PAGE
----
The reported sexual frequencies were then rounded to the nearest category. For example, if a woman reported she had sex nine times in the last six months she would be assigned to the category of “once monthly or less.” Nine times in the last six months is obviously more than once monthly, however, it is closer to this category than it is to the next category of “two to three times a month,” and thus the best fit.
Question eight was completed by 416 women. Twelve percent (50 lesbians) of the sample reported having no sex in the last six months. Thirty-seven percent (154 lesbians) of the sample reported having sex once monthly or less. Combined, these groups represent almost half of the sample population, suggesting that the majority of lesbians are having sex once monthly or less. Twenty percent of lesbians reported having sex two to three times a month. Twenty-seven percent of lesbians reported having sex one to three times weekly. Only five percent reported having sex five or more times weekly.
Few studies have been conducted on the sexual frequency of lesbians. One of the most recent studies was published in 2003 by Matthews, Tartaro, and Hughes. In a comparative study of lesbian and heterosexual women in committed relationships, Alicia Matthews, et al found that sixty-nine percent of lesbians and seventy-six percent of heterosexual women reported having sex at least once weekly. These findings are significantly higher than those of this study. Only thirty-four percent of the women in the Frequency vs. Satisfaction sample reported having sex at least weekly, as seen in figure seven. It is important to note, however, that the sample size for the Alicia Matthews, et al. study was based on thirty-six lesbians. The small sample size raises questions about the validity of these findings, and the authors acknowledge that the small sample limits their ability to make any generalizations about lesbian sexuality.
Another study was done in 1997 by Letitia Peplau, et al also revealed higher rates of sexual frequency among lesbians. This particular study focused on the sexual behaviors of 398 Black lesbians (Letitia Peplau, et al 1997). The findings showed that eleven percent of Black lesbians reported having sex more than three times a week. This is slightly higher than the eight-percent in the Frequency vs. Satisfaction study. Forty-seven percent of lesbians in Letitia Peplau, et al’s study reported having sex one to three times per week, which is significantly higher than the twenty-nine percent in the Frequency vs. Satisfaction Survey. Forty-one percent of the Black lesbians reported having sex less than once a week, which is significantly lower than the sixty-five percent in the Frequency vs. Satisfaction Survey.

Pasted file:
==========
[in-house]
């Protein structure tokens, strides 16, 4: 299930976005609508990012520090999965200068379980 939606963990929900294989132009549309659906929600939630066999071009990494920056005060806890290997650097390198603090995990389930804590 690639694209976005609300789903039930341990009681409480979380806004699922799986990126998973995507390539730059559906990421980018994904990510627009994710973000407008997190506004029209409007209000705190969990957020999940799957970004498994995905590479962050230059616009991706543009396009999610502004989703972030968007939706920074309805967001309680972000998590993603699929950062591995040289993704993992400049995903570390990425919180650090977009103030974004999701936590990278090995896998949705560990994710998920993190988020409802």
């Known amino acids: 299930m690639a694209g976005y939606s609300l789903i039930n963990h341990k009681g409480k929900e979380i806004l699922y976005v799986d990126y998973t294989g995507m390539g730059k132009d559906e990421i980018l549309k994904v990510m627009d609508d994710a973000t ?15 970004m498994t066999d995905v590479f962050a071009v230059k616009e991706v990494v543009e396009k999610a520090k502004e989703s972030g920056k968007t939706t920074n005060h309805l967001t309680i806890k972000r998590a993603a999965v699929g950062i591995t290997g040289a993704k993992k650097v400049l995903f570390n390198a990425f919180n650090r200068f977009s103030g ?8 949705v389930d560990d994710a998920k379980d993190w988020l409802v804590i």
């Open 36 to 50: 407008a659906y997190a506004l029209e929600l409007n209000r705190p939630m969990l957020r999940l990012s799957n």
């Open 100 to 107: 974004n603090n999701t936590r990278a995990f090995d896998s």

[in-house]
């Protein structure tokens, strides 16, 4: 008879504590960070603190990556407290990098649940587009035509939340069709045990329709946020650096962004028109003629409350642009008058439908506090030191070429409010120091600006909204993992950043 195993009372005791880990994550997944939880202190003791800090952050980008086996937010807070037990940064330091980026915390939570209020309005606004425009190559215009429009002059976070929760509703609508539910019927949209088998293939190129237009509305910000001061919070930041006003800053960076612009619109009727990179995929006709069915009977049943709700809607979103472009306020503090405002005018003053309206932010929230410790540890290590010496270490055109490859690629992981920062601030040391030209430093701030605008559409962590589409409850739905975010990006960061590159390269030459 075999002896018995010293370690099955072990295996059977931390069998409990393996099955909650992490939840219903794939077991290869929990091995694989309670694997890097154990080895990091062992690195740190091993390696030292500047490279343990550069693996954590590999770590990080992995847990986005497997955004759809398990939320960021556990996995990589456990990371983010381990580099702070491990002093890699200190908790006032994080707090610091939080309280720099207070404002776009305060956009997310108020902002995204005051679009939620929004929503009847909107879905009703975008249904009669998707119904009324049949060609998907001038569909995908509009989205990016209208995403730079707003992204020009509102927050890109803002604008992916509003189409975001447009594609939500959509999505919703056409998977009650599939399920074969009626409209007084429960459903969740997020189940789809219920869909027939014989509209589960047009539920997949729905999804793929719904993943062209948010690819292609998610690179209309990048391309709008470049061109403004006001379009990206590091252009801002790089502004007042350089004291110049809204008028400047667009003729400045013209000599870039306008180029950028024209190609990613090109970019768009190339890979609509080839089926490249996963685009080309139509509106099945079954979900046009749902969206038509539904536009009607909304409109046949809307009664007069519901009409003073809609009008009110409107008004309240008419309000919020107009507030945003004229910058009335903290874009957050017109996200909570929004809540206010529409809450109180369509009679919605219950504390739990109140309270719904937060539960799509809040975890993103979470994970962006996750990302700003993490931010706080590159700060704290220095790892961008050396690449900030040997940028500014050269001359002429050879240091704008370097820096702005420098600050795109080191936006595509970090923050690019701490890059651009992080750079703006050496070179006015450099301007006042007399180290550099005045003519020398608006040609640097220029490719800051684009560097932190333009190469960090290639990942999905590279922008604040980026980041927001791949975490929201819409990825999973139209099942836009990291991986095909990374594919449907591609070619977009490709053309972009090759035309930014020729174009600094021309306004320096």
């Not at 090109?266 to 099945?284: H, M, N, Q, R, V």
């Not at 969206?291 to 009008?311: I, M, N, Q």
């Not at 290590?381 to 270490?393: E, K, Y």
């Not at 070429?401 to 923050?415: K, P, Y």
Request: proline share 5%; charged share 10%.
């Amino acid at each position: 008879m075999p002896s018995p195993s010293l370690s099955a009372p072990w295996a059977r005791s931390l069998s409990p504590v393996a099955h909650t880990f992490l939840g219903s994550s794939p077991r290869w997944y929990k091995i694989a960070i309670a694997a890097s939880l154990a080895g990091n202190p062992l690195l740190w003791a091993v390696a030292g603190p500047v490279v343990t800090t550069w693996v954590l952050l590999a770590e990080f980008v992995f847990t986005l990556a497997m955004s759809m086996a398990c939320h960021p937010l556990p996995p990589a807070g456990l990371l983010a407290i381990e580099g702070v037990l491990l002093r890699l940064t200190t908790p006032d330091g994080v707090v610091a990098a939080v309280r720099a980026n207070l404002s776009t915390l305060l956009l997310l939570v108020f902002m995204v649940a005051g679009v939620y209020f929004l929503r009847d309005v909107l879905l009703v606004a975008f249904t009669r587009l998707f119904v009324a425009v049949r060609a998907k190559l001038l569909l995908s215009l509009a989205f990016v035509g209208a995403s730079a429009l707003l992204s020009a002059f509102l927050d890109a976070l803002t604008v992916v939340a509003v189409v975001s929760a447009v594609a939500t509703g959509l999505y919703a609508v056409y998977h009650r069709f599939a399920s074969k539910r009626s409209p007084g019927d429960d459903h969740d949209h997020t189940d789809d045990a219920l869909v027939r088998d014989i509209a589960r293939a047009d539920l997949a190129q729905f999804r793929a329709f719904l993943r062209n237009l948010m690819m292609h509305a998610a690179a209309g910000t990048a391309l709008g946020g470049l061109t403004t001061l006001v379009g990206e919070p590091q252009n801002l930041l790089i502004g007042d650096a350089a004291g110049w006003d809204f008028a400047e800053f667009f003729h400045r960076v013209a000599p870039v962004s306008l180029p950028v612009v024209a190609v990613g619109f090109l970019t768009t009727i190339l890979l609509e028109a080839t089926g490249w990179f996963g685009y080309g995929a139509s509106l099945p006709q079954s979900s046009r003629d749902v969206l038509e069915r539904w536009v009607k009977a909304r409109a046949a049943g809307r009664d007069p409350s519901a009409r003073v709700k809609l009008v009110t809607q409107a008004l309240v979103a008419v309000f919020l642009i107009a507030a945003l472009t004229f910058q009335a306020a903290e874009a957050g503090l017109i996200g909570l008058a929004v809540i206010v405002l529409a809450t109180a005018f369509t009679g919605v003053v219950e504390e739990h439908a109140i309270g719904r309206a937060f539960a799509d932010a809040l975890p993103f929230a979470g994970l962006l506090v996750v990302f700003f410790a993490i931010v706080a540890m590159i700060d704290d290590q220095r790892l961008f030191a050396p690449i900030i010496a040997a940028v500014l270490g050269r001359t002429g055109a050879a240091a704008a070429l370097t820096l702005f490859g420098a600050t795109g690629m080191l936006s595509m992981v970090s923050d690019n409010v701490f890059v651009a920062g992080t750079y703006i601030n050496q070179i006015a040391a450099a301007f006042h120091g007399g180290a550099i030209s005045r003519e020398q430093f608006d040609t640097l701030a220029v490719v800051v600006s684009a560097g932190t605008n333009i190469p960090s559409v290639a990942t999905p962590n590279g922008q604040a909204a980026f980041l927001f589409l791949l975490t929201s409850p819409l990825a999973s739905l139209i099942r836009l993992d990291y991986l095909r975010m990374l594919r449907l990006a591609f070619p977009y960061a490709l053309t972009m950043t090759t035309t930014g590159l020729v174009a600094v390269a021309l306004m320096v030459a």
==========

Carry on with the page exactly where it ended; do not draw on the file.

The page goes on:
Letitia Peplau, et al acknowledge that the sample is non-representative; however, it does offer insight to the variability of lesbian sexuality. What accounts for the higher rate of sexual frequency among Black women? This is valuable information, given that most of the studies conducted on lesbian sexuality are based on the histories of Caucasian women, including the Frequency vs. Satisfaction sample. While this question is outside the scope of this paper, it is none-the-less a valuable question to note.
The most commonly cited source about lesbian sexual frequency is still Schwartz and Blumstein (1983). The frequency of lesbian sex is presented in the context of length of relationship and the rating of one’s quality of sex life. For the American Couples study, it appears these statistics were based on a total of 768 lesbians. Of these lesbians, 195 reports having sex once a month or less, which equals twenty-five percent of the sample. This is significantly lower than the findings in the Frequency vs. Satisfaction Survey which suggest that forty-eight percent of all lesbians in the sample (44% of lesbian couples) are having sex once monthly or less.